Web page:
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mixed castes, he composed the Bhárata, for the purpose of placing religious knowledge within their reach. Still he felt dissatisfied, and wandered in much perplexity along the banks of the Saraswatí, where his hermitage was situated, when Nárada paid him a visit. Having confided to him his secret and seemingly causeless dissatisfaction, Nárada suggested that it arose from his not having sufficiently dwelt, in the works he had finished, upon the merit of worshipping Vásudeva. Vyása at once admitted its truth, and found a remedy for his uneasiness in the composition of the Bhágavata, which he taught to Śuka his son 52. Here therefore is the most positive assertion that the Bhágavata was composed subsequently to the Puráńas, and given to a different pupil, and was not therefore one of the eighteen of which Romaharshańa the Seta was, according to all concurrent testimonies, the depositary. Still the Bhágavata is named amongst the eighteen Puráńas by the inspired authorities; and how can these incongruities be reconciled?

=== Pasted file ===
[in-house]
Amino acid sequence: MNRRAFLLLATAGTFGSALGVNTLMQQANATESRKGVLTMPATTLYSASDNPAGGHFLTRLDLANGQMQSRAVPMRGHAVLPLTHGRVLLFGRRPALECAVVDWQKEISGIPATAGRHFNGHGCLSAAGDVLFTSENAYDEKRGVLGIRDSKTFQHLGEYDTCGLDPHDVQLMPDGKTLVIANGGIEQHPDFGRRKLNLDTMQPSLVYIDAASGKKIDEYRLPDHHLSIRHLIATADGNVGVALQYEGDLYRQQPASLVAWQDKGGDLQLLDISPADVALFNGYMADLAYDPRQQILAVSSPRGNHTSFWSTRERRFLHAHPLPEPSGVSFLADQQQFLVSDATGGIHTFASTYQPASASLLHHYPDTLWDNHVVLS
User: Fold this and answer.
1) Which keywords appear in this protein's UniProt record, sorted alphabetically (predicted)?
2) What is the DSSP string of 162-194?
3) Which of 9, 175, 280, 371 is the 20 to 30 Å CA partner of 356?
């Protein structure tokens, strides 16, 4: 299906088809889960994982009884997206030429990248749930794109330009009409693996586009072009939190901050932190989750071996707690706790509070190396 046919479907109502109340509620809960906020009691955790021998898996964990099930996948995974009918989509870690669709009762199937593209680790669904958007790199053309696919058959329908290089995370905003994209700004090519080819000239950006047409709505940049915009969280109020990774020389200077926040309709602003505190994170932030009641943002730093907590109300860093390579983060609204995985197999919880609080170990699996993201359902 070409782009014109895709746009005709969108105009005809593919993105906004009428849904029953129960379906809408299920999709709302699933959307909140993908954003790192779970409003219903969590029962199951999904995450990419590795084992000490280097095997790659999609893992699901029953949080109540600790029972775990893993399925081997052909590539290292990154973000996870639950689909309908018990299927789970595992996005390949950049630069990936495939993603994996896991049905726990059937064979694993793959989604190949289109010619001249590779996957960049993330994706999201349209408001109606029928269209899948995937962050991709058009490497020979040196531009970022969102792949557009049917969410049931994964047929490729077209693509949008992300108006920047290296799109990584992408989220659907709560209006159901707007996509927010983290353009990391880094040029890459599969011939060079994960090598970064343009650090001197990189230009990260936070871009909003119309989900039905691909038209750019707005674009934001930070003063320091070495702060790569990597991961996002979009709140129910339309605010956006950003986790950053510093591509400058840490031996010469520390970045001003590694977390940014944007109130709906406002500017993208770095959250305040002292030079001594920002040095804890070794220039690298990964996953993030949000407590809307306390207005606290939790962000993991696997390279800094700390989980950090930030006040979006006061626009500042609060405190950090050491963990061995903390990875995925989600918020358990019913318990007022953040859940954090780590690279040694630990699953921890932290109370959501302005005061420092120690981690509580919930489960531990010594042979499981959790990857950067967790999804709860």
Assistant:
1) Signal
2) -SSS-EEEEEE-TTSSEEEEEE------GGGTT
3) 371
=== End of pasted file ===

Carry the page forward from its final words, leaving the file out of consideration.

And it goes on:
The principal point in dispute seems to have been started by an expression of Śrídhara Swámin, a commentator on the Bhágavata, who somewhat incautiously made the remark that there was no reason to suspect that by the term Bhágavata any other work than the subject of his labours was intended. This was therefore an admission that some suspicions had been entertained of the correctness of the nomenclature, and that an opinion had been expressed that the term belonged, not to the Śrí Bhágavata, but to the Deví Bhágavata; to a Śaiva, not a Vaishńava, composition. With whom doubts prevailed prior to Śrídhara Swámin, or by whom they were urged, does not appear; for, as far as we are aware, no works, anterior to his date, in which they are advanced have been met with. Subsequently, various tracts have been written on the subject. There are three in the library of the East India Company; the Durjana Mukha Chapet́iká, 'A slap of the face for the vile,' by Rámáśrama; the Durjana Mukha Mahá Chapet́iká, 'A great slap of the face for the wicked,' by Káśináth Bhat́t́a; and the Durjana Mukha Padma Pad́uká, 'A slipper' for the same part of the same persons, by a